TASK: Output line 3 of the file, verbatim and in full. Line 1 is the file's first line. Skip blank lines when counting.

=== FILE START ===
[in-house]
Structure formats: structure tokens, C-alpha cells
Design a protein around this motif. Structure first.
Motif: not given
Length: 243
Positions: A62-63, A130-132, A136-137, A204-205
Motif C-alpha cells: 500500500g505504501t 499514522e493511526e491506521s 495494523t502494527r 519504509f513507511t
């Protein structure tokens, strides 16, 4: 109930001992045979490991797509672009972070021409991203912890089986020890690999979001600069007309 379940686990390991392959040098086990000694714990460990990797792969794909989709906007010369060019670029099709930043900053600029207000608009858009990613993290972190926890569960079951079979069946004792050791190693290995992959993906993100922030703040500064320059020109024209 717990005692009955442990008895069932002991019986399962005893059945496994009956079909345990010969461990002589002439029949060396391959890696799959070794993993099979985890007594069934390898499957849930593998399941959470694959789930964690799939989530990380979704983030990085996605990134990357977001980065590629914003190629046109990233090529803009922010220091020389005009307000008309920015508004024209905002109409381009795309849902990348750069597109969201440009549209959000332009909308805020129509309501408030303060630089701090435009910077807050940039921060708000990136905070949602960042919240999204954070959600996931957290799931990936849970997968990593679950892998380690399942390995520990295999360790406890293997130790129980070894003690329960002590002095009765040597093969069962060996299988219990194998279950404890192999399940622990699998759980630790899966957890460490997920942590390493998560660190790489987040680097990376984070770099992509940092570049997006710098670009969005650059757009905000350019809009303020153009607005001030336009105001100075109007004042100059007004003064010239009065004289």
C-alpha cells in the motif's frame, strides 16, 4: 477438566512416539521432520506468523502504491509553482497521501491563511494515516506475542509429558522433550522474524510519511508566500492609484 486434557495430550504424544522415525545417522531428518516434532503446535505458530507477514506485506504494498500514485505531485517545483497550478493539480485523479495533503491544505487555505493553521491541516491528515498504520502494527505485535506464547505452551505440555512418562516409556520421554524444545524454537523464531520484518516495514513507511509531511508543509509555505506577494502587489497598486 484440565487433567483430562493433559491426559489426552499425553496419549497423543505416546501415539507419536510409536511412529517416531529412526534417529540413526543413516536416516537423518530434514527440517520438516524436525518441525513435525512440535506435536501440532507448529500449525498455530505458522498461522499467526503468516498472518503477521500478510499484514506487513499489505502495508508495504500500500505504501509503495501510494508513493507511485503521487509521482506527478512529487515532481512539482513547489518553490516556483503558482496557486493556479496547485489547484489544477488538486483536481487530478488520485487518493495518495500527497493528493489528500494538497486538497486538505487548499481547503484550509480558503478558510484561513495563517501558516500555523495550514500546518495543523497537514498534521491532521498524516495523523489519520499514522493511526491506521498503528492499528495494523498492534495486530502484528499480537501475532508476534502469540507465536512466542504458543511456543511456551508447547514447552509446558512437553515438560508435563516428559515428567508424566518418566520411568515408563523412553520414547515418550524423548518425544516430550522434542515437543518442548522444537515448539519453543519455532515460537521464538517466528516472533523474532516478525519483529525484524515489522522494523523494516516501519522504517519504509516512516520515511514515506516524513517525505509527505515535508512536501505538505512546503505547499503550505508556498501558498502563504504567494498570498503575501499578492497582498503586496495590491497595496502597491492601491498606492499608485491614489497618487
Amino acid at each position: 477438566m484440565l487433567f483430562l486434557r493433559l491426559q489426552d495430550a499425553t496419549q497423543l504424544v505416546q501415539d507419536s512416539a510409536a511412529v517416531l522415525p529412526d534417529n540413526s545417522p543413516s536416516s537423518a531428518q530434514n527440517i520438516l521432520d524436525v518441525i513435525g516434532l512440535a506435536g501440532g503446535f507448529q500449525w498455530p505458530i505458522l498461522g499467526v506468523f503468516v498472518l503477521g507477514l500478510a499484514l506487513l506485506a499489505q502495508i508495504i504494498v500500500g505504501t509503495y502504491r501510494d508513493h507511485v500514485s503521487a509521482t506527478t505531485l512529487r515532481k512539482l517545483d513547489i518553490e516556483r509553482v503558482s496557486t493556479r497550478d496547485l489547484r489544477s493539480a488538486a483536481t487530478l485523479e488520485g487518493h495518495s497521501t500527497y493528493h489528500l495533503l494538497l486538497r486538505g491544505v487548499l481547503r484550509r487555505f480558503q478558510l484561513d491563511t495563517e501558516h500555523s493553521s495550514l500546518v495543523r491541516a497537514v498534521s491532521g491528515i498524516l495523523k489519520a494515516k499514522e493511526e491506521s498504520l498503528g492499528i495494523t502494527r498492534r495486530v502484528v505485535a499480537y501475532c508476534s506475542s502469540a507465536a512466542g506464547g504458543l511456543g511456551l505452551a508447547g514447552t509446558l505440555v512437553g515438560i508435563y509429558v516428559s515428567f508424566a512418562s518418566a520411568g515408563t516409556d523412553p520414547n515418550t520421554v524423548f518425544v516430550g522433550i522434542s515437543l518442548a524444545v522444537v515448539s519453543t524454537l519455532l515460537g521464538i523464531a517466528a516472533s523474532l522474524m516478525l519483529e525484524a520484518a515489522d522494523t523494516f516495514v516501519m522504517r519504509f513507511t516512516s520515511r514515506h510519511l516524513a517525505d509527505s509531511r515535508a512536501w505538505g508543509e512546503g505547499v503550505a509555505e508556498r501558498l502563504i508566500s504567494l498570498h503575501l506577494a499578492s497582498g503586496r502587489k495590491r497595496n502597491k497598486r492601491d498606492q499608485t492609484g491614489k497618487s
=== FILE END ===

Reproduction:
Design a protein around this motif. Structure first.